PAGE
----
Piracy – How to embrace it and work with it

By March 21, 2014Uncategorized

In the recent weeks, AppDupe has become increasingly popular and it is becoming hard for our team to service our customers in the best way that we’d like to.

When you are a product company, good things come from popularity, you get all excited because you are becoming a brand, synonymous with your line of product category 😀

Not so fast…remember the quote “With great power, comes great responsibility!” in our line of work, it is “With a slightly respectable popularity, comes inevitable, massive piracy of your products!” Some people will be quick to point out that there is irony here” “You cloned Whatsapp, and that’s what you get, your Whatsapp Clone will get pirated!” But here’s the thing. While we did not come up with a product idea, as ingenious as Whatsapp, we certainly spent more then 18hours a day, for 45 days trying to reverse engineer and build a product that has extremely complex features, elegantly sophisticated design and a big focus on sidestepping what could be called their intellectual property.

Skip this paragraph if you want to:

What we have done, in reality is looking at a Hummer H2, studying it, reverse engineering its features and design, created one just like it, from scratch. All the while, making sure not to step into infringing their IP and so finding new ways to doing the same things they are doing. But instead of calling it some unique name, we chose to call it “Hummer H2 Clone”. Why? Because we are not funded and so, cannot be discovered and we cannot afford to acquire people with this intent through any paid acquisition channel. So we started selling it as Hummer Clone, so that people will know exactly what it is and what it can do and they did. They bought it and started launching it as their own in new markets not yet explored by the original or launched it for a specific niche that the original does not service.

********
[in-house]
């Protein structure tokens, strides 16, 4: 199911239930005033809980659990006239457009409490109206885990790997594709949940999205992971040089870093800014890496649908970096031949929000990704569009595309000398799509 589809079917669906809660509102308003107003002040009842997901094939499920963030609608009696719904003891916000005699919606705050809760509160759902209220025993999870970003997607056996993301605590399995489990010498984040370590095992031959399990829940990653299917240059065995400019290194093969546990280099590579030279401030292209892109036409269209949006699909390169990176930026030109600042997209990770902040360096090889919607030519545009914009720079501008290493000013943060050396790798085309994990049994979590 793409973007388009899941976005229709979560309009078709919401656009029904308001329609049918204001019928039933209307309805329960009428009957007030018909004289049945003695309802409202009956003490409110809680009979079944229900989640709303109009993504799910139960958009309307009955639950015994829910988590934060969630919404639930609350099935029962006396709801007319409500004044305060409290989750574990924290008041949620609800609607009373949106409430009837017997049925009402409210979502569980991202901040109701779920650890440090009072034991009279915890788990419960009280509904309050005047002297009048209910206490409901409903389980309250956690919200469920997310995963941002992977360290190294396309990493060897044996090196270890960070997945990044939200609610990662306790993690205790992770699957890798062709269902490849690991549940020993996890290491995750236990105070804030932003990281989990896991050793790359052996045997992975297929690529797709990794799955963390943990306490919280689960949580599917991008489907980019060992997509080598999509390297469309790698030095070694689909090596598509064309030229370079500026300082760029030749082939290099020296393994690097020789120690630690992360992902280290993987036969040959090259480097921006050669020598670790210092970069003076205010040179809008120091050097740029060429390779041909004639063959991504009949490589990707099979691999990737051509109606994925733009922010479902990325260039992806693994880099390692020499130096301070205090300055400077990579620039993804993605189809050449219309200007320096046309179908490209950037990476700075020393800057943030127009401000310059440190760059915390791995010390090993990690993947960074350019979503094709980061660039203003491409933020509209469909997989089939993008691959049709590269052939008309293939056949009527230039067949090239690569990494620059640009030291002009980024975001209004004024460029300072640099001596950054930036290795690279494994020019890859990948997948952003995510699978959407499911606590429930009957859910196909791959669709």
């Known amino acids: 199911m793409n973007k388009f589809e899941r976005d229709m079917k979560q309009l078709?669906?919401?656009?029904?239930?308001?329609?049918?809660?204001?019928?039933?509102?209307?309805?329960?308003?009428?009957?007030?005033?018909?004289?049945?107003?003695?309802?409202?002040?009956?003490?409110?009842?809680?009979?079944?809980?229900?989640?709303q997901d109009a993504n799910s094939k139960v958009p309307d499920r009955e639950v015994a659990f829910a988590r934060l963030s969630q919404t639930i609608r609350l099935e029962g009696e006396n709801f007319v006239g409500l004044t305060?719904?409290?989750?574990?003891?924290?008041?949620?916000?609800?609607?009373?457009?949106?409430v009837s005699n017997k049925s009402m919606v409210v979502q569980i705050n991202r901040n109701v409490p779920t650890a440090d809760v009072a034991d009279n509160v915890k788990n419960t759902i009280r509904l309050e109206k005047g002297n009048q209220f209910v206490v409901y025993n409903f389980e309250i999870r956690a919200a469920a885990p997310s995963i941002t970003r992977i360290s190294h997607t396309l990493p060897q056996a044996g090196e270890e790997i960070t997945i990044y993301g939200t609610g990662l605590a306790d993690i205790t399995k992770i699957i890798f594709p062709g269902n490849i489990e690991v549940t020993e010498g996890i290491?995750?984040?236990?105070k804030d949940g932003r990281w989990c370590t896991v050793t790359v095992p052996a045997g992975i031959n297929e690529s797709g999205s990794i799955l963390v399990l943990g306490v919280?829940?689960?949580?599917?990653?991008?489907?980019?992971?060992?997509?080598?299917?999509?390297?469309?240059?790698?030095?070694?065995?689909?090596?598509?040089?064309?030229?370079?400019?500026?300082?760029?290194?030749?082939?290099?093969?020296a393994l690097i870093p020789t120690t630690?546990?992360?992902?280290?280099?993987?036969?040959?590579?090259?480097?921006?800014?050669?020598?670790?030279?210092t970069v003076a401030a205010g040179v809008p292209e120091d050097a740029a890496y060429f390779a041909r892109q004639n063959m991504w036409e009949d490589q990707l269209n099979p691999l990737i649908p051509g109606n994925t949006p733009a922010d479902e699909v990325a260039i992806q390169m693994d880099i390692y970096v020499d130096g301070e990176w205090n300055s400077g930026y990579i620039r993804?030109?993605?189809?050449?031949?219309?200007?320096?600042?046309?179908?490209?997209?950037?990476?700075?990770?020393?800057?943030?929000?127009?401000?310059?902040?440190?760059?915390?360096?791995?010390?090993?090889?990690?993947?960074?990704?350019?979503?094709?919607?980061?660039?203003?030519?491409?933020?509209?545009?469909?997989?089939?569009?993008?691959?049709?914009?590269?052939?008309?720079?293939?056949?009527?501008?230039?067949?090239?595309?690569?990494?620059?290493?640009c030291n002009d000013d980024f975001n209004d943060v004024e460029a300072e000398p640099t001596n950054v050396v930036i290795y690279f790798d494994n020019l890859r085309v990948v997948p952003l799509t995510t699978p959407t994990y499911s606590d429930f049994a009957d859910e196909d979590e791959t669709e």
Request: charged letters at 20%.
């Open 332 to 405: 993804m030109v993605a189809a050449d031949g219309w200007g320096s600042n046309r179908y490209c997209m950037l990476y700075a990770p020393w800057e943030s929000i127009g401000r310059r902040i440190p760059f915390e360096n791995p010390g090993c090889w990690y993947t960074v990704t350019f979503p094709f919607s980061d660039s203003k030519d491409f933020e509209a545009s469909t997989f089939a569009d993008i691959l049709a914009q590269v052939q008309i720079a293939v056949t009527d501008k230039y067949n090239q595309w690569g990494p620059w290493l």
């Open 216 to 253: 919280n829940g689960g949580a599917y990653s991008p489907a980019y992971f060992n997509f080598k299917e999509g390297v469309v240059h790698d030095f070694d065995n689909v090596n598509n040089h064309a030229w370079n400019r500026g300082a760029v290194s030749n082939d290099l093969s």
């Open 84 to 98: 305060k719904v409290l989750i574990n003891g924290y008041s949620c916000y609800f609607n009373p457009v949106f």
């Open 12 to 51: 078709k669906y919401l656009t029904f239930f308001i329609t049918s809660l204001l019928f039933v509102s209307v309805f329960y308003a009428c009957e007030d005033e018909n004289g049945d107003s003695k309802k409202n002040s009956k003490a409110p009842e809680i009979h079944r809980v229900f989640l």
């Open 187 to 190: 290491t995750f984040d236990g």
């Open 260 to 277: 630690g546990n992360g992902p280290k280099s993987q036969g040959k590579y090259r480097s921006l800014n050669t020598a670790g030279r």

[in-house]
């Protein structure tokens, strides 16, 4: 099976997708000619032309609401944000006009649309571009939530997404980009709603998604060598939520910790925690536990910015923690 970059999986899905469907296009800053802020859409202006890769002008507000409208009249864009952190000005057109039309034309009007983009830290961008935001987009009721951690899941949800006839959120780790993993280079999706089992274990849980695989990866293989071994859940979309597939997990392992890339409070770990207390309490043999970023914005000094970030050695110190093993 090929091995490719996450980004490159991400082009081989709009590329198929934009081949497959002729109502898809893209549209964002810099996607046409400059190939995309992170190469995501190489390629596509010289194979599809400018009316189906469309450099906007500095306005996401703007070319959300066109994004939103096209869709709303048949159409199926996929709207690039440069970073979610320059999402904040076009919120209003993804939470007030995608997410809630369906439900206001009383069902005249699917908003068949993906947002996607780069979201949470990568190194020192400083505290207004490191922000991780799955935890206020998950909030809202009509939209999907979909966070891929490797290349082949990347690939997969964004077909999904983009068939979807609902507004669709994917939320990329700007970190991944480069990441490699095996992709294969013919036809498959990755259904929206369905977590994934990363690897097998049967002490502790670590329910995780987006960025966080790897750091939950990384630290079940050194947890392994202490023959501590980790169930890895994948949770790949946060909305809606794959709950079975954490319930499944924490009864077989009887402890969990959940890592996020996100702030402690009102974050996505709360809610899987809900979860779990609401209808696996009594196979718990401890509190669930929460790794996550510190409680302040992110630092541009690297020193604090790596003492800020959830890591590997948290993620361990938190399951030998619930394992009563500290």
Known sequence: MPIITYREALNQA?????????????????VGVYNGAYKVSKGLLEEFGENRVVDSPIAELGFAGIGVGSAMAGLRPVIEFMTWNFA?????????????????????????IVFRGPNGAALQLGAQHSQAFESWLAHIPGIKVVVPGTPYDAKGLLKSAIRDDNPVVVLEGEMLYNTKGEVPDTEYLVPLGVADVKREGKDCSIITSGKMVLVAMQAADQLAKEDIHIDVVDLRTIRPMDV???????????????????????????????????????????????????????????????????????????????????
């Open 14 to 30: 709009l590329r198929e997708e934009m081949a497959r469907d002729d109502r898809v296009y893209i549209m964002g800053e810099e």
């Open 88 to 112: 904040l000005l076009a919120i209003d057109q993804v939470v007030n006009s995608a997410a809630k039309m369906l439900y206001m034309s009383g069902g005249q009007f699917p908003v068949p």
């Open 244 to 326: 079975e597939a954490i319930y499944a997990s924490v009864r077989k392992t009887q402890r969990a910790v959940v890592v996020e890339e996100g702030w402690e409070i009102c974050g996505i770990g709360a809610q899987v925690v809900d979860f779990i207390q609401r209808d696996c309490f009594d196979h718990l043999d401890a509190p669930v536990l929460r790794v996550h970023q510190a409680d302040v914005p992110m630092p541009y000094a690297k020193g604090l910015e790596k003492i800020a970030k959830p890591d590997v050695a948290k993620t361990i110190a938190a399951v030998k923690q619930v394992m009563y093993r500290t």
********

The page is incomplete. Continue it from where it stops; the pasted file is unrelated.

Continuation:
So here we are, where our monthly sales volume started to go down. I started investigating (Googling). I found a bunch of places where they were openly sharing nulled versions of my clone scripts. I understood what individual developers coding night and day and launching a theme or pluggin in Themeforest or Codecanyon have been feeling for so long. People were robbing me…plain and simple.


Why pirate?

So what can I do? People say the music and movie industry has to adapt to new technology delivery systems because their archaic DVD or Bluray is what is driving people to pirate in the first place. But developers like me and the ones on Codecanyon etc are making it as comfortable as possible for people to buy our products. Hmmm…I began wondering, maybe it is the price. My products, any developer will know, is priced 1/30th of the actual cost of creating them. But maybe, some people wanted an even lower price…maybe my price needs to be so low that, it is only the slightest inconvenience to actually downloading it from say…Zippyshare or Uploaded.net or Torrents.

My road to solution?

So I decided on one of my products being most pirated: the 6Gag.TV – “9Gag.TV Clone Script”. Hollywood studios have teams of lawyers sending take down notice. What can I do? I am just the little guy…that’s when it hit me. I am just some guy, who put in  hardwork and hoped to make a living on it. Surely the people who pirate my products are also people with dreams and work hard. Let me try talking to them.

And I started here:


I became a member of that forum and posted this:


I openly requested them to not pirate my product, but buy it for such a throw away price.

Within 24 hours, I have had 6 people use this coupon to buy the product.

I personally emailed the people who, even though had the chance to pirate, chose to do the right thing and support a small bootstrapped startup founder 🙂 the little guy. This is the only solution I found effective. I personally spent 3 hours sending take down notices to various file hosters, got fed up of it and tried this. May be there are more ways to approaching this.

I shall delve deeper and post my findings on how to, instead of combating piracy, embrace it, accept it and do business with it. I hope it helps more digital content creators and sellers everywhere.